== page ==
WASHINGTON (Reuters) - Consumer prices, excluding volatile food and energy costs, rose at the quickest pace in 15 months in January, suggesting a long period of slowing inflation had run its course.
The core Consumer Price Index increased 0.2 percent after a 0.1 percent rise in December, the Labor Department said on Thursday. It was the largest increase since October 2009.
Economists largely agreed inflation had bottomed, but said the turnaround in prices was unlikely to be so swift as to trouble policymakers at the Federal Reserve, who are still pumping money into the economy.
“Inflation has bottomed out, that’s actually what the Fed would like to see happen and these numbers are by no means alarming,” said Stuart Hoffman, chief economist at PNC Financial in Pittsburgh.
“The question is, if inflation is coming back, how fast and how far? This data tells me it’s not coming back quickly.”
Policymakers are divided about the Fed’s next move. Chicago Fed President Charles Evans said on Thursday he saw little inflationary pressure until the U.S. unemployment rate drops significantly.
But his counterpart at the Dallas Fed, Richard Fisher, warned of upward pressures on prices and said he would not support any further stimulus after the Fed’s $600 billion bond-buying program expires in June.
“I cannot foresee any circumstance at present that would lead me to support any further expansion of our initiative on that front,” said Fisher.
The increase in core prices in January, which was a touch above economists’ expectations for a 0.1 percent gain, was driven by a 1 percent surge in the cost of apparel and a 2.2 percent jump in airline fares. Shelter costs, which account for 40 percent of core CPI, rose for a fourth straight month.
The outlook for soft inflation was supported by a rise in applications for unemployment benefits last week, which suggested the labor market recovery would remain gradual, restricting wage growth.
The Labor Department said hourly earnings adjusted for inflation fell 0.1 percent in January, a third straight drop.
Other data on Thursday, however, showed the economic recovery continues to strengthen.
A measure of factory activity in the U.S. Mid-Atlantic region rose in February to its highest level since January 2004, with an employment subindex reaching its highest point since April 1973. A separate gauge of the country’s economic health rose marginally in January.
Investors perceived the inflation report as tame. The data, coupled with rising tensions in the Middle East that led investors to seek safe-haven assets, pushed up prices for U.S. government debt. U.S. stock indexes held near multiyear highs, but the dollar fell broadly.
Overall consumer prices rose 0.4 percent after increasing by the same margin in December, with food and energy accounting for more than two-thirds of the increase. Economists had expected the headline CPI to rise 0.3 percent last month.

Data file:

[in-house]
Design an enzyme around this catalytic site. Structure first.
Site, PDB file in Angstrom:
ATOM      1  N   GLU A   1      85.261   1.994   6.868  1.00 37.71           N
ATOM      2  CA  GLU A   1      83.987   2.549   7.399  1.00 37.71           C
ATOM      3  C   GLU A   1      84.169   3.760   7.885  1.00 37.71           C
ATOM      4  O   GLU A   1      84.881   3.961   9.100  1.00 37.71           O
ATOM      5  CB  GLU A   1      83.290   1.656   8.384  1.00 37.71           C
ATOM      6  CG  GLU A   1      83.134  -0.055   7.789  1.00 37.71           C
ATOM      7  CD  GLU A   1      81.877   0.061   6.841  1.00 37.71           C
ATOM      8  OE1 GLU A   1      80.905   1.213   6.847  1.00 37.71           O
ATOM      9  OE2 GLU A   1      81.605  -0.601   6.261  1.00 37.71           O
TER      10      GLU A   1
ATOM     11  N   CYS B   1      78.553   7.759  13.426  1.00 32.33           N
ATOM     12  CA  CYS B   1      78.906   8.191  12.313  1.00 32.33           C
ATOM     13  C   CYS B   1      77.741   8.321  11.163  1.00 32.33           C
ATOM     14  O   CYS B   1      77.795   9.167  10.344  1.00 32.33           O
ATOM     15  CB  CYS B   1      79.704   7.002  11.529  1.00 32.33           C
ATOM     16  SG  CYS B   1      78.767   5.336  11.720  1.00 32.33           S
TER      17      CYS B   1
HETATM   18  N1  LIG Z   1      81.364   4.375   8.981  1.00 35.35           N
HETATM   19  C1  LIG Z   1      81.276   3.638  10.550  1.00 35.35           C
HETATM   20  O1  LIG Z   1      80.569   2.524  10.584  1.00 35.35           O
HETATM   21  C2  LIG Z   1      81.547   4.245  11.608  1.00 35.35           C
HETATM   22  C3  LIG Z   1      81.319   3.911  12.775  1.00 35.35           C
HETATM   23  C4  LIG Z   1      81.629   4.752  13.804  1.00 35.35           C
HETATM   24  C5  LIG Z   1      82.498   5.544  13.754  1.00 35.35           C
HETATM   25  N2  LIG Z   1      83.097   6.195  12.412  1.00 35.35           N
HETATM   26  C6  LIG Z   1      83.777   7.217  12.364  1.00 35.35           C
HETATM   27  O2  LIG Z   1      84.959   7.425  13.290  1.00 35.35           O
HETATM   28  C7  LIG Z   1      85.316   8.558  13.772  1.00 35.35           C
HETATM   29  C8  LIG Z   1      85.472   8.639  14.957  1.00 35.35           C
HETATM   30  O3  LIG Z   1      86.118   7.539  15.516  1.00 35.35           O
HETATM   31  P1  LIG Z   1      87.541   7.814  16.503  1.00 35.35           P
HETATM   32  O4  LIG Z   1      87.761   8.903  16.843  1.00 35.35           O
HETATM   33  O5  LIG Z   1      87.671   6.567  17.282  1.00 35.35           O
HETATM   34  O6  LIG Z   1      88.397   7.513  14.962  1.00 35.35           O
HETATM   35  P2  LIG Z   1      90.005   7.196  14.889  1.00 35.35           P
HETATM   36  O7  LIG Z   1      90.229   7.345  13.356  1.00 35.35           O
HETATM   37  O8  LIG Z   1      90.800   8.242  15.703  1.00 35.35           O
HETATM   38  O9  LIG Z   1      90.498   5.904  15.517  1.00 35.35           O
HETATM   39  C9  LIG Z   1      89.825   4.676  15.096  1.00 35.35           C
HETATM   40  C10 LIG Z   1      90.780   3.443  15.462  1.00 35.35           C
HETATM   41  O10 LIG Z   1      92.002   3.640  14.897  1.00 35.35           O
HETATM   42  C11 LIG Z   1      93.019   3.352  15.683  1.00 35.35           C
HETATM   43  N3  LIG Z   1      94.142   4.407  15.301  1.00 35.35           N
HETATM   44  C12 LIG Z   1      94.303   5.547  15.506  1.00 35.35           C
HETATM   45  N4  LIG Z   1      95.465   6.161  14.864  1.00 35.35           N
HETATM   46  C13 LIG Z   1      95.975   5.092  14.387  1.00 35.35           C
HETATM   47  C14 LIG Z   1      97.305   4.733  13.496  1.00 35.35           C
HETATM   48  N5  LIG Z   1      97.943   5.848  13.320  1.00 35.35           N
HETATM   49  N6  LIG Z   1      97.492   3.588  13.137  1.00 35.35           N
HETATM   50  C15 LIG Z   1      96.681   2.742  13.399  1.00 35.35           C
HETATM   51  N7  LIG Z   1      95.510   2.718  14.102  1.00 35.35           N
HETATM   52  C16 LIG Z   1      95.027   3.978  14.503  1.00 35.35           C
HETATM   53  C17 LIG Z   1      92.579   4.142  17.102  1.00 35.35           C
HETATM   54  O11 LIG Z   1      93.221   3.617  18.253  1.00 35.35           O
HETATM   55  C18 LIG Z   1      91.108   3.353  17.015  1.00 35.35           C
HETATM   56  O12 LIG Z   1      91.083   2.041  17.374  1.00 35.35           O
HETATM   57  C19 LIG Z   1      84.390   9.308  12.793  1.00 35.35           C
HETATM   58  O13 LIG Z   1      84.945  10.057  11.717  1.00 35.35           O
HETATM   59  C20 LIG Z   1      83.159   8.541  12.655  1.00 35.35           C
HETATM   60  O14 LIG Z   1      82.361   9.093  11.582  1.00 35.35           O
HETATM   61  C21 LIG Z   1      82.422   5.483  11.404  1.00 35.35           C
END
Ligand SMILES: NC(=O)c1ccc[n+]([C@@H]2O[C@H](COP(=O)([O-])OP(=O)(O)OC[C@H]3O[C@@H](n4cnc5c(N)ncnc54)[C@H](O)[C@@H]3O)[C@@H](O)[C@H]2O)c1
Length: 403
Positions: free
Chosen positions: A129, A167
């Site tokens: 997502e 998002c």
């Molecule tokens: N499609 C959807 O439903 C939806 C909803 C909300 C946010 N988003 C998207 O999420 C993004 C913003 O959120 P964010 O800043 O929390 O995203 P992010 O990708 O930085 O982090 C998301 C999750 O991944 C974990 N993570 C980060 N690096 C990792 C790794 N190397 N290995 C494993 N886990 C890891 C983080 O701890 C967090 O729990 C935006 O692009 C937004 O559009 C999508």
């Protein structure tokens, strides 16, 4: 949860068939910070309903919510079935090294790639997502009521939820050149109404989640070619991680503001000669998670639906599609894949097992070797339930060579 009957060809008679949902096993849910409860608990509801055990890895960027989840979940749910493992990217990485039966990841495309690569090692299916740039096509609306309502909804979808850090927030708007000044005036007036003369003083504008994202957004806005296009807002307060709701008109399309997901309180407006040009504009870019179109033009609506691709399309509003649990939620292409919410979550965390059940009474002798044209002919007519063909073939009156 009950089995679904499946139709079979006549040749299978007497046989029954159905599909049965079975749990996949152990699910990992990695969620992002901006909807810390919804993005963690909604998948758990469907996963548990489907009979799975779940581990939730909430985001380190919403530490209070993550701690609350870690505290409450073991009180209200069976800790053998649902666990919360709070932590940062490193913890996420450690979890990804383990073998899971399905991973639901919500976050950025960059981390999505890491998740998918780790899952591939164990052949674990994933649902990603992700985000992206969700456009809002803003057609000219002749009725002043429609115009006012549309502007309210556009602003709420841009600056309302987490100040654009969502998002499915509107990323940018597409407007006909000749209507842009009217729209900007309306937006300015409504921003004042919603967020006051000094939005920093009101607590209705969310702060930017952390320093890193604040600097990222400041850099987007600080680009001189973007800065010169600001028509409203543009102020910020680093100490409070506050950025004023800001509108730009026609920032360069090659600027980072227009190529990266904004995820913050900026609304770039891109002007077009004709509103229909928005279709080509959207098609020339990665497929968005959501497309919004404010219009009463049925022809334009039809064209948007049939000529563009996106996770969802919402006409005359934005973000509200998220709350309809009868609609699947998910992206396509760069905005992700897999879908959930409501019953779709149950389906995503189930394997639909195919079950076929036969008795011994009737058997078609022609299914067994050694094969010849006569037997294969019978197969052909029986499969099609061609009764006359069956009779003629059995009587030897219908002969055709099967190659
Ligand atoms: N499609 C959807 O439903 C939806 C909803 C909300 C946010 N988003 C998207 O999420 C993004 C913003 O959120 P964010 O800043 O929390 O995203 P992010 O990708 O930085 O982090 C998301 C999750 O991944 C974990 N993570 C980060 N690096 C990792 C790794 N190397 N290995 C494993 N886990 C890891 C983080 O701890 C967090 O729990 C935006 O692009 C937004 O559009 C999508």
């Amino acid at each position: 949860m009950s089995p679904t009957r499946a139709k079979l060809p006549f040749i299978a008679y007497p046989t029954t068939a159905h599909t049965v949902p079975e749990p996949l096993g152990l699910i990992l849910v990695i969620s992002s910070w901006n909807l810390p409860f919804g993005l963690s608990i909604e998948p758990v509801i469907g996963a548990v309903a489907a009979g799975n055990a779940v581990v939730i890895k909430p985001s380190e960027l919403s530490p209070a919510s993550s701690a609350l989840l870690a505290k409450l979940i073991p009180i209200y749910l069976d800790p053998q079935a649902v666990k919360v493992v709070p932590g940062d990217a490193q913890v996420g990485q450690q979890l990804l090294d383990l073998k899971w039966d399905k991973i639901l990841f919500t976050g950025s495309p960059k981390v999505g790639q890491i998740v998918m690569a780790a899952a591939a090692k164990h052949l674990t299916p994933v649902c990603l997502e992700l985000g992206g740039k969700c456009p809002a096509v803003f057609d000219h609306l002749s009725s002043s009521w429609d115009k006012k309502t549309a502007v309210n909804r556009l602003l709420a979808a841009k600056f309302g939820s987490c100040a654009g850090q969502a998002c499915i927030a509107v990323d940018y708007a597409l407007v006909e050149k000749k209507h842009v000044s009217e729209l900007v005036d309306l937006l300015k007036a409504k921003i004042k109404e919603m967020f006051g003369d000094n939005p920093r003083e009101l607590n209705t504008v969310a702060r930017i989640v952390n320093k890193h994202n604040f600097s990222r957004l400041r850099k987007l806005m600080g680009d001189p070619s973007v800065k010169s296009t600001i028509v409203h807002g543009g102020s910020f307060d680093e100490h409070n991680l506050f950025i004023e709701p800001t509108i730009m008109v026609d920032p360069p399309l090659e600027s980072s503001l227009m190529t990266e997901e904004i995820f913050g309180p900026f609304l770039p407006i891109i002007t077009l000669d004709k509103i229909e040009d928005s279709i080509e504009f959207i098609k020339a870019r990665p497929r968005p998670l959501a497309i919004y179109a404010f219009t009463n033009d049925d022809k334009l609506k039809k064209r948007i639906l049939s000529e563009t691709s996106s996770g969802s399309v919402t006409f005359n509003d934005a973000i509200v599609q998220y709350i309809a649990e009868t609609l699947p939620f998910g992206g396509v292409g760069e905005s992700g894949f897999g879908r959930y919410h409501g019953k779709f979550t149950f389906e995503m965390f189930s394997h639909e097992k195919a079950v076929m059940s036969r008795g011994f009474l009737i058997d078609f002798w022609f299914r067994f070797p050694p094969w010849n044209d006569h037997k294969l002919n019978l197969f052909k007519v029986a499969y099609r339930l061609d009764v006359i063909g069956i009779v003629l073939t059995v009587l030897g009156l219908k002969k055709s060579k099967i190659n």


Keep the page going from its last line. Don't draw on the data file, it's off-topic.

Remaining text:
The modest increase in U.S. consumer prices stands in stark contrast to other economies, where surging commodity costs have put central banks on inflation alert.
In China, authorities are considering a range of measures to tame rising prices. Food inflation has also been cited as a factor in the political unrest in the Middle East.
Officials from the Group of 20 leading economies were expected to tackle the subject at a meeting on Friday and Saturday in Paris.
In the eyes of the Fed, inflation in the United States remains too low. Minutes of the U.S. central bank’s January policy meeting released on Wednesday showed officials expected inflation to stay subdued.
In the 12 months to January, core inflation rose 1.0 percent — a pick-up from December’s 0.8 percent gain, but well below the Fed’s comfort level of 2 percent or slightly under.
Data on Wednesday showed a build-up in wholesale inflation pressures, with core producer prices rising at their fastest pace in more than two years in January.
Bubbling inflation pressures at the production level were also highlighted in the report on Mid-Atlantic manufacturing from the Philadelphia Fed. The prices paid subindex in February rose to its highest level since July 2008.
But economists predicted producers would continued to have a tough time trying to pass higher costs off to consumers.
“The soft jobs market and a broad lack of wage pressures are helping to constrain core inflation. It’s unlikely that inflation moves to an uncomfortable level without a much tighter jobs market,” said Jim Baird, a partner at Plante Moran Financial Advisors in Kalamazoo, Michigan.
In a separate report, the Labor Department said initial claims for unemployment benefits increased 25,000 to 410,000 last week, partially reversing a hefty drop the prior week.
The claims data covers the survey period for part of the government’s employment report for February, but economists discounted the latest rise as severe winter weather in recent weeks has injected a lot of volatility into the data.
“As the impact of the weather completely clears from the numbers we expect a further sustained decline in claims,” said Ian Shepherdson, chief U.S. economist at High Frequency Economics in Valhalla, New York.
“This will have to be captured in better payroll numbers, and we do not expect to have to wait very long to see it.”